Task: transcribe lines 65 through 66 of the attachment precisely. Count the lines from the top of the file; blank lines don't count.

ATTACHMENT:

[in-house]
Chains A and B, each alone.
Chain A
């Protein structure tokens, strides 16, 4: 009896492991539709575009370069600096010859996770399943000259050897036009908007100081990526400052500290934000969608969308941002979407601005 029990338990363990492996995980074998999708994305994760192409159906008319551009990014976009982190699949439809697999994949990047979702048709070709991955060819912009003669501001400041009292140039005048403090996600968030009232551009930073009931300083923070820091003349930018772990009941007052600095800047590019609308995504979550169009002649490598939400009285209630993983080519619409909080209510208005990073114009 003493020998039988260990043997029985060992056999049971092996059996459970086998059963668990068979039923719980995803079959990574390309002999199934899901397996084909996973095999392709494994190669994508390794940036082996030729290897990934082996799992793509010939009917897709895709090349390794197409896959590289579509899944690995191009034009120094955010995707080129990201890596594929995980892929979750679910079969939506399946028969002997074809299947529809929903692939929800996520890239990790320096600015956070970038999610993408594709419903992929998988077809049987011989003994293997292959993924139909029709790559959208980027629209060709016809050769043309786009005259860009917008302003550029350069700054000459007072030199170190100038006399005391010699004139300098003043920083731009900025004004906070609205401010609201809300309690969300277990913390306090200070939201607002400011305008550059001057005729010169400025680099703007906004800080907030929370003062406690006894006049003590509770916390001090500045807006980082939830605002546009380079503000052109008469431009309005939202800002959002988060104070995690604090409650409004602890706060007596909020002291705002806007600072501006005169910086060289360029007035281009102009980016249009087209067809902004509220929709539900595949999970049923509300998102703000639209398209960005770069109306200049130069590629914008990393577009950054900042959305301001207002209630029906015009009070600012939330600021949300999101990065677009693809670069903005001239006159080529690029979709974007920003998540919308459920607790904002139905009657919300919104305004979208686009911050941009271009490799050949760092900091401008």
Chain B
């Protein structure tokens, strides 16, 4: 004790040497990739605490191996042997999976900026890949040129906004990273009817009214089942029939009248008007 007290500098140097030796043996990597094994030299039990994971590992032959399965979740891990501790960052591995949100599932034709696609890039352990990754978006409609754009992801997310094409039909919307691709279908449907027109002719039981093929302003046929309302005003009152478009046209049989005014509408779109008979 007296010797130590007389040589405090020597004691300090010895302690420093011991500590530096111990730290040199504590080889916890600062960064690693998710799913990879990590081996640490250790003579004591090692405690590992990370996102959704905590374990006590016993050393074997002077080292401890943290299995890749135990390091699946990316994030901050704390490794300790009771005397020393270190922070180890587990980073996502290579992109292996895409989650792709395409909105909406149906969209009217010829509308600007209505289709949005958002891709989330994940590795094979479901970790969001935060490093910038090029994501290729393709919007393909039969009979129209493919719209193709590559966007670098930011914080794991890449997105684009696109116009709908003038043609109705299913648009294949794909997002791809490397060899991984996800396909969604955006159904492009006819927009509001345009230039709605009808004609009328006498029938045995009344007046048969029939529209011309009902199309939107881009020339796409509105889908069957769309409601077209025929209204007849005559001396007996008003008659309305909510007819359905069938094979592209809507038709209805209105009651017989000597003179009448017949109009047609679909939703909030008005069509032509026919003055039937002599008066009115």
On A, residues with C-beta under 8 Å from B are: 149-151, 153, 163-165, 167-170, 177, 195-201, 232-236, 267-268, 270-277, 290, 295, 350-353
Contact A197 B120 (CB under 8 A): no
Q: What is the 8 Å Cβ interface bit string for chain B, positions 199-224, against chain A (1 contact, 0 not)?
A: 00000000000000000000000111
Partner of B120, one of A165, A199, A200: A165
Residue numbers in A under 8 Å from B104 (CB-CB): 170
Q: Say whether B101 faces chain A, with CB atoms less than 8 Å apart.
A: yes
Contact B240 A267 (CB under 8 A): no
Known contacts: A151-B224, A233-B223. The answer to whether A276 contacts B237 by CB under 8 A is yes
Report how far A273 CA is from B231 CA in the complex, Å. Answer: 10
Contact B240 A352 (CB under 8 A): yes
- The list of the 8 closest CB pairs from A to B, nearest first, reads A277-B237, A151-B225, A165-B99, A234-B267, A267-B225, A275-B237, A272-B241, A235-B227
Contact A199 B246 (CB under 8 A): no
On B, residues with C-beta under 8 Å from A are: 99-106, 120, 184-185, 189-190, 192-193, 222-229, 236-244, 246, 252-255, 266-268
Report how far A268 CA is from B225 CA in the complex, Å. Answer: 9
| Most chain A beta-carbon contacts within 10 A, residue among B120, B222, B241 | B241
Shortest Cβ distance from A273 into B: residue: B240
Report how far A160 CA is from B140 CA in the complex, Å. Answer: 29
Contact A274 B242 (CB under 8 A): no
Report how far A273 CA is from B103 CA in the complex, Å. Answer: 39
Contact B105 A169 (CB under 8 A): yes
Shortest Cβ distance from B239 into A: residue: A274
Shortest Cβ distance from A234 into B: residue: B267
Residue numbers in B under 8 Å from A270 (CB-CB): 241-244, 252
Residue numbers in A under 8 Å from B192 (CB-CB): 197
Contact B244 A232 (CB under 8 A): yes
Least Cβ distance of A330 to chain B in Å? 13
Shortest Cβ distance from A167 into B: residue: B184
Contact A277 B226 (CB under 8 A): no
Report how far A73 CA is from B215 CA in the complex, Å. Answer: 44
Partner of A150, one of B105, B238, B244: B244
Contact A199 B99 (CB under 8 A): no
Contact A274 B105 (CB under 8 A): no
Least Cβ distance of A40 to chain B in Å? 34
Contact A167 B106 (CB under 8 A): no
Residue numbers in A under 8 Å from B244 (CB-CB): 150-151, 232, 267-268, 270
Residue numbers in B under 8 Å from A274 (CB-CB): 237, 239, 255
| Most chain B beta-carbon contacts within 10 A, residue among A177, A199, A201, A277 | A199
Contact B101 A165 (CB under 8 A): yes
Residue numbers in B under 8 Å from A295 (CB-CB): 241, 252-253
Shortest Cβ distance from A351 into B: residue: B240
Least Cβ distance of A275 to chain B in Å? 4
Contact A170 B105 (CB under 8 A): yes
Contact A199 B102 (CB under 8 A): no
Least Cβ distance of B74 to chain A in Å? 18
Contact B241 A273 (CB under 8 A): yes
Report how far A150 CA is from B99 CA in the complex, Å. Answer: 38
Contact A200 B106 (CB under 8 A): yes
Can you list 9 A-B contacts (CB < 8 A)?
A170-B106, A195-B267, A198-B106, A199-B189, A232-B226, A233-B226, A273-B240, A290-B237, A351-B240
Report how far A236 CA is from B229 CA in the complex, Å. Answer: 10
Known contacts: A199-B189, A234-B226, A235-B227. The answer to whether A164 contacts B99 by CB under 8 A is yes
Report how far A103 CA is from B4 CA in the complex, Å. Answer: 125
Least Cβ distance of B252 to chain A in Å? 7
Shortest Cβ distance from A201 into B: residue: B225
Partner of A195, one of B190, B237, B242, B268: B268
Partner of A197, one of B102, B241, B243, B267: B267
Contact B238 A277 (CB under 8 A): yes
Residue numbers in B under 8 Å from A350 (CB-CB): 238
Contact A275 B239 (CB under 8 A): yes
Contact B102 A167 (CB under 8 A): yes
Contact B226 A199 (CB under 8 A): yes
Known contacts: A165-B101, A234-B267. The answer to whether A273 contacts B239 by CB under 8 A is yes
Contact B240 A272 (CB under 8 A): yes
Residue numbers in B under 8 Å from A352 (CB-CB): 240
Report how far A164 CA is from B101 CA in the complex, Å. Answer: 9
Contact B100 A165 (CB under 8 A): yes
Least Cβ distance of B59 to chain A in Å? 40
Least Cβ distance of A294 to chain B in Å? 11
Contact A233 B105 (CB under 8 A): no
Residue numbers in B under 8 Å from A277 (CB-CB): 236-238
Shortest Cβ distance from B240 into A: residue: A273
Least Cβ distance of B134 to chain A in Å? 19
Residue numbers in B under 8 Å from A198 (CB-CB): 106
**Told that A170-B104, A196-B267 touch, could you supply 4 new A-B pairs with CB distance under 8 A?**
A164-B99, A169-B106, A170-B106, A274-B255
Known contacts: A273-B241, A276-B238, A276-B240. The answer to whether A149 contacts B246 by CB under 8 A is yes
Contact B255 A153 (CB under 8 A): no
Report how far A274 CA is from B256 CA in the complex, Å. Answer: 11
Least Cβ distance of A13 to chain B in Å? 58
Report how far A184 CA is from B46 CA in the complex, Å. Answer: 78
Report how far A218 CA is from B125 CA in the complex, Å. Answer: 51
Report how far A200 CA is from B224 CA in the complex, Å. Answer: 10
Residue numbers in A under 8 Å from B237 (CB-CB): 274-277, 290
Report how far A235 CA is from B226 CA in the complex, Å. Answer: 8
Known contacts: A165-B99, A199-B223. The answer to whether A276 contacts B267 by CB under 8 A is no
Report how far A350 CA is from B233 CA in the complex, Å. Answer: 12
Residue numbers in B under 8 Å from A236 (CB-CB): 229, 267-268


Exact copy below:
Contact B238 A277 (CB under 8 A): yes
Residue numbers in B under 8 Å from A350 (CB-CB): 238